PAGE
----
OSA President speaks on transitioning from Marine Corps to UWO


Katie Pulvermacher / The Advance-Titan– Daniel McKearn speaks on his experience as a student-veteran and the transition into college life.

Katie Pulvermacher, Managing/News Editor

Oshkosh Student Association (OSA) President Daniel McKearn spoke on his experiences transitioning into college as a student-veteran at a Nov. 10 UW System Board of Regents meeting in Madison. 

“[I’m] very appreciative of the opportunity to tell my story of transition from military life to that of a student at University of Wisconsin Oshkosh and my continued duties in the United States Marine Corps Reserves,” McKearn said. “For so long, veterans across America have done so much for our great nation, and some have paid the ultimate sacrifice.”

McKearn was featured as a panelist alongside UWO Veterans Resource Coordinator Aaron Kloss, UW-Madison Director of University Veteran Services Joe Rasmussen and United States Army Veteran and UW-Parkside student Jennifer Staton.

“Every veteran has an opportunity and a unique experience,” McKearn said.  

He joined the Marine Corps right out of high school. He said the transition was difficult at first. 

“It was not an easy adjustment to go from my civilian life quickly into that of military structure and discipline,” McKearn said. “It’s a lot of uncertainty, but I quickly have a sense of community in what I’m doing.”

After his training, he had a week off and decided to go to UWO.

“I quickly understood how difficult it was to transition from structure and all of this discipline to a campus where ‘oh, students don’t have their shirts tucked in and they’re wearing flip flops to class. What is this?’ This is a lot different than what I’m used to,” McKearn said. 

Rasmussen said student-veterans tend to enroll within weeks of separating from active duty.

“They show up to campus during a time of major life transition,” Rasmussen said. “While all students adjust to campus life, veterans are learning a new sense of self and identity. They move across the country or from overseas and have to refine study skills and habits after years of being out of the traditional classroom setting.”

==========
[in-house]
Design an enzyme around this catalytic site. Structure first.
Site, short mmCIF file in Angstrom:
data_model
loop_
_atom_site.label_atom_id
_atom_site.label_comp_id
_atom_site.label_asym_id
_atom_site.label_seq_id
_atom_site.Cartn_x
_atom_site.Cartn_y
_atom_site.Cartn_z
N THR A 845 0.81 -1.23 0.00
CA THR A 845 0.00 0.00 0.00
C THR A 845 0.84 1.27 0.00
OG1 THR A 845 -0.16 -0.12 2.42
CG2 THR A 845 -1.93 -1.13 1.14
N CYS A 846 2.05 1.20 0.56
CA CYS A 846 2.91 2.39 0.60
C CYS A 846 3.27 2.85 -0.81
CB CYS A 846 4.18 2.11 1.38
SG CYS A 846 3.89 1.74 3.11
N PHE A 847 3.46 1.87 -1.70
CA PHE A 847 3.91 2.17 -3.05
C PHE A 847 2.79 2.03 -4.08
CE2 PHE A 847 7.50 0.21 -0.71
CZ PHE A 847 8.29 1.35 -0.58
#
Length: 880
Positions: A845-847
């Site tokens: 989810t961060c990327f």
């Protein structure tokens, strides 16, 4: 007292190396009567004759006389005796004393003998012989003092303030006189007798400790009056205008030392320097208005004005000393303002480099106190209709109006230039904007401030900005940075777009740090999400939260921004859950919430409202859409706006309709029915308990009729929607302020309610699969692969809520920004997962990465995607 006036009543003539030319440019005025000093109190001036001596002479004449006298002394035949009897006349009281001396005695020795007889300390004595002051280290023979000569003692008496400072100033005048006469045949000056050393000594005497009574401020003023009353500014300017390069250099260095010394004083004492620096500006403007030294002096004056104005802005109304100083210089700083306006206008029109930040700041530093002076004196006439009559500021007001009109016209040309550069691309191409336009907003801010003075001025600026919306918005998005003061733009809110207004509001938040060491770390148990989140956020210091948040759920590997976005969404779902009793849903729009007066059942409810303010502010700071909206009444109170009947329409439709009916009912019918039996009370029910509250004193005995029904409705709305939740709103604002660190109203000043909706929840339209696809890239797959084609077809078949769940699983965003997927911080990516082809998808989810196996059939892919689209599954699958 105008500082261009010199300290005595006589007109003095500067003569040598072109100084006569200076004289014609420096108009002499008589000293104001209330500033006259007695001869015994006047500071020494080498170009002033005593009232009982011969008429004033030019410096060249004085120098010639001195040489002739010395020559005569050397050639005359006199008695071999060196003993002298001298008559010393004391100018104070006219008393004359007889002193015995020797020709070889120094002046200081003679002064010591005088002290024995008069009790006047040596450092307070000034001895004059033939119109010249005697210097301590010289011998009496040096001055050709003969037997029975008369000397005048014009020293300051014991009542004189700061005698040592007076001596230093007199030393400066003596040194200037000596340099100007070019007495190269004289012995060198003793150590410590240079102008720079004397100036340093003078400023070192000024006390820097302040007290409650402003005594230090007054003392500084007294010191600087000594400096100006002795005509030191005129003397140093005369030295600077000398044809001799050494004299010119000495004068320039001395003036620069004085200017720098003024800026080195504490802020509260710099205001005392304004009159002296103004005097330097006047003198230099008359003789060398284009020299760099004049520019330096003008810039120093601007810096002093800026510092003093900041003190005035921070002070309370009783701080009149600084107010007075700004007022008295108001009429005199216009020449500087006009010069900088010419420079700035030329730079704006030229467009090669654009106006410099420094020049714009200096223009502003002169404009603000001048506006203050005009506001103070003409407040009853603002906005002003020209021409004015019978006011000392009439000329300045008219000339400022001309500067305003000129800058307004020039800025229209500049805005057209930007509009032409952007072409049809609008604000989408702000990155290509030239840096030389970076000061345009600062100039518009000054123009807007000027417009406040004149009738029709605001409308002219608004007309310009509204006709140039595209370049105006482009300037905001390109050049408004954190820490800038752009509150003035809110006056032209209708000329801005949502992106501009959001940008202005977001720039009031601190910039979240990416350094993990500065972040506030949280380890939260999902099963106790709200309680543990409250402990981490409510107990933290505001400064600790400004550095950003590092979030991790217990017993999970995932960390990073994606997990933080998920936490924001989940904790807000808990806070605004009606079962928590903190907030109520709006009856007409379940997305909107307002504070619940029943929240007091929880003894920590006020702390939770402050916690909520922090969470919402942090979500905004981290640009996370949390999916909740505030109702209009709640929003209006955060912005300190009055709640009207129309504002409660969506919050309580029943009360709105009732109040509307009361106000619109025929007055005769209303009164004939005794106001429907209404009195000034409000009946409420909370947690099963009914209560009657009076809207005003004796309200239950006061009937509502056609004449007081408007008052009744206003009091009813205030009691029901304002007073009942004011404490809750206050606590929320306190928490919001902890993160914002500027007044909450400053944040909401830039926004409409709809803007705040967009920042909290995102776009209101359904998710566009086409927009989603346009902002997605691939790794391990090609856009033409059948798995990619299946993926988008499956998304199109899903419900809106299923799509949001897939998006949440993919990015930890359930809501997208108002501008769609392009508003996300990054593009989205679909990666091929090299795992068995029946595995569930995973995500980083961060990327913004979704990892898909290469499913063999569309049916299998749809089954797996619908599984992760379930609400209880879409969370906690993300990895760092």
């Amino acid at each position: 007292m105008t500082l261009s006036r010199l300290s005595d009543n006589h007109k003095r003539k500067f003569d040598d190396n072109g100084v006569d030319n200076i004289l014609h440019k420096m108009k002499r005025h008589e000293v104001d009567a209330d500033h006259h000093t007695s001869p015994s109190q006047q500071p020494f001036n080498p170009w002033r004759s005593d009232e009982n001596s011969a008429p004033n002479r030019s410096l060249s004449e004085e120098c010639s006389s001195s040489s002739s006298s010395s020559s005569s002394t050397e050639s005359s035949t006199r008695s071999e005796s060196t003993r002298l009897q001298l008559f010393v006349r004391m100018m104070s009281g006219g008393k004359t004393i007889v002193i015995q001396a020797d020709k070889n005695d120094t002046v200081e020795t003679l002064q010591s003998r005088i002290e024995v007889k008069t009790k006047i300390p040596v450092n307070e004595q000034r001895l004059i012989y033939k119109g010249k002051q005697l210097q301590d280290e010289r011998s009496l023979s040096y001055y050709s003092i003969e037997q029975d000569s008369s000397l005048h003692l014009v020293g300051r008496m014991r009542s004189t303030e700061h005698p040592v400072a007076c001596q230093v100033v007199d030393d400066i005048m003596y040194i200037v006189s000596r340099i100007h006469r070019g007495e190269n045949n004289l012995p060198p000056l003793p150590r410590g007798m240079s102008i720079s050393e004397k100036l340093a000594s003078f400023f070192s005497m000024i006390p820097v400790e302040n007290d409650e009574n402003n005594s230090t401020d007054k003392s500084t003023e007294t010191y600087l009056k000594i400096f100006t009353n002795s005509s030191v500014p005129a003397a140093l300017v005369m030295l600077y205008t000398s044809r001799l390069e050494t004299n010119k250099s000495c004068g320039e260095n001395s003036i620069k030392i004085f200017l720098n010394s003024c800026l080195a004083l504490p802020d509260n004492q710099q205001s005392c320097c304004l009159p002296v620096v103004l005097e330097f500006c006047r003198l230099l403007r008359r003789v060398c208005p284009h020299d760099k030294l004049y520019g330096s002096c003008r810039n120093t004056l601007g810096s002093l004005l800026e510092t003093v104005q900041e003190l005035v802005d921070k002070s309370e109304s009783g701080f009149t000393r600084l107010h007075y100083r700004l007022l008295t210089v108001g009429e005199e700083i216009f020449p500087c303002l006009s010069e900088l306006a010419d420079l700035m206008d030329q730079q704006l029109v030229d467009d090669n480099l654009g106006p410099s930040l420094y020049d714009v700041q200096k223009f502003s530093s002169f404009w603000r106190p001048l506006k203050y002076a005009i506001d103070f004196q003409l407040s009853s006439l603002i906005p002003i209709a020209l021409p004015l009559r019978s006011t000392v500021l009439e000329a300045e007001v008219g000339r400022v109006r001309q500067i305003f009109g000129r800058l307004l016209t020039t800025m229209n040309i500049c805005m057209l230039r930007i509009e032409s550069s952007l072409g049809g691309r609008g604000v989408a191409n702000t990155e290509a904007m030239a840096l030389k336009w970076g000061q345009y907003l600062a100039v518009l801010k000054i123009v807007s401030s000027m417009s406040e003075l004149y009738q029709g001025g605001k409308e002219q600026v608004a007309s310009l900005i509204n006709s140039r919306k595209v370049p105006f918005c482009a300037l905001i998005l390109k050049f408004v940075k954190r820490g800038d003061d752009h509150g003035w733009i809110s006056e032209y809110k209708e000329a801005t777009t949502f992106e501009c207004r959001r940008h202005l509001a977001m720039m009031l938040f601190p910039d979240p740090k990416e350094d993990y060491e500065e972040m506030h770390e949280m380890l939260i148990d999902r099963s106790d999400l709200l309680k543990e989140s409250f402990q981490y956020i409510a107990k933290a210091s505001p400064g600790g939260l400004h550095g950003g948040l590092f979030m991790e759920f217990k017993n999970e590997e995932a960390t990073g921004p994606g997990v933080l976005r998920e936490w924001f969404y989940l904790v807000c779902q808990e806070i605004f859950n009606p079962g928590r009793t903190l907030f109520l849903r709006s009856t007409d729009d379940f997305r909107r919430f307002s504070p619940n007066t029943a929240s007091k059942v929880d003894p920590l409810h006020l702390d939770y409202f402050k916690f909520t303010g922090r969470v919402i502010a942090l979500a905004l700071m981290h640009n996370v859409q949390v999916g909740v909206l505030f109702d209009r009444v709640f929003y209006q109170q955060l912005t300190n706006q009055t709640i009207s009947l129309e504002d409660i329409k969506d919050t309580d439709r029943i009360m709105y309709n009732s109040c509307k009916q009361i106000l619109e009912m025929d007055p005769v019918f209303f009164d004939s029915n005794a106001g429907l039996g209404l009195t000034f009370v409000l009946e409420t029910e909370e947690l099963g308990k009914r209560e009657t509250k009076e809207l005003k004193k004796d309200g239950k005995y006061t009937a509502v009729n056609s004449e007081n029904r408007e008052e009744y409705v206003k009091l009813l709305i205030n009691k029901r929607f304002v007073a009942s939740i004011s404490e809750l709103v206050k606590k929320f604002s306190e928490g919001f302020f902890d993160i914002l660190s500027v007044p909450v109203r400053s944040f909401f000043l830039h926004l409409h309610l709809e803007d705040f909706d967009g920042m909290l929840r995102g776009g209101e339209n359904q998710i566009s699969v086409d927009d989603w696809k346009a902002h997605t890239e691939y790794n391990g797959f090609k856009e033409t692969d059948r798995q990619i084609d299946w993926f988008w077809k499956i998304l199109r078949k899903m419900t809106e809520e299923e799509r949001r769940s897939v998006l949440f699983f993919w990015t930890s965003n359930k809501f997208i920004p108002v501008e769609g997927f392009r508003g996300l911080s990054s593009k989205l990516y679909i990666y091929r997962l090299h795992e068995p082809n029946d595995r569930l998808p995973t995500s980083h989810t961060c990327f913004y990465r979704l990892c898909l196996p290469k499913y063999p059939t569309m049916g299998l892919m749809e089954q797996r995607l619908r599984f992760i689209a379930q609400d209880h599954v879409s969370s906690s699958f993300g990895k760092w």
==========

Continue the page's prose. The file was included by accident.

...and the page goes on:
McKearn said the Veterans Resource Center (VRC) at UWO has been a huge outlet for himself and should be for others, too.

“[Shifting from the Marine Corps] was a time of immense transition where I felt unknown again in a new place, similar to when I first joined the Marine Corps in boot camp,” McKearn said. “The VRC was opened to me with welcoming arms..”

Kloss said university veteran service offices often keep student-veterans afloat and provide them the guidance they need. 

“It’s important to remember that this population is constantly changing and their needs are constantly changing,” Kloss said. “We need to be constantly evaluating what programs are working and what programs aren’t working.”

McKearn said he cannot emphasize enough how important it is for veterans to have a place on campus. 

“I think something that all the veteran centers on our campuses can do is be present,” McKearn said. “I know other veterans at UW Oshkosh who were not fully aware of where the Veterans Resource Center is or what they can do. Being present and being there is very important.”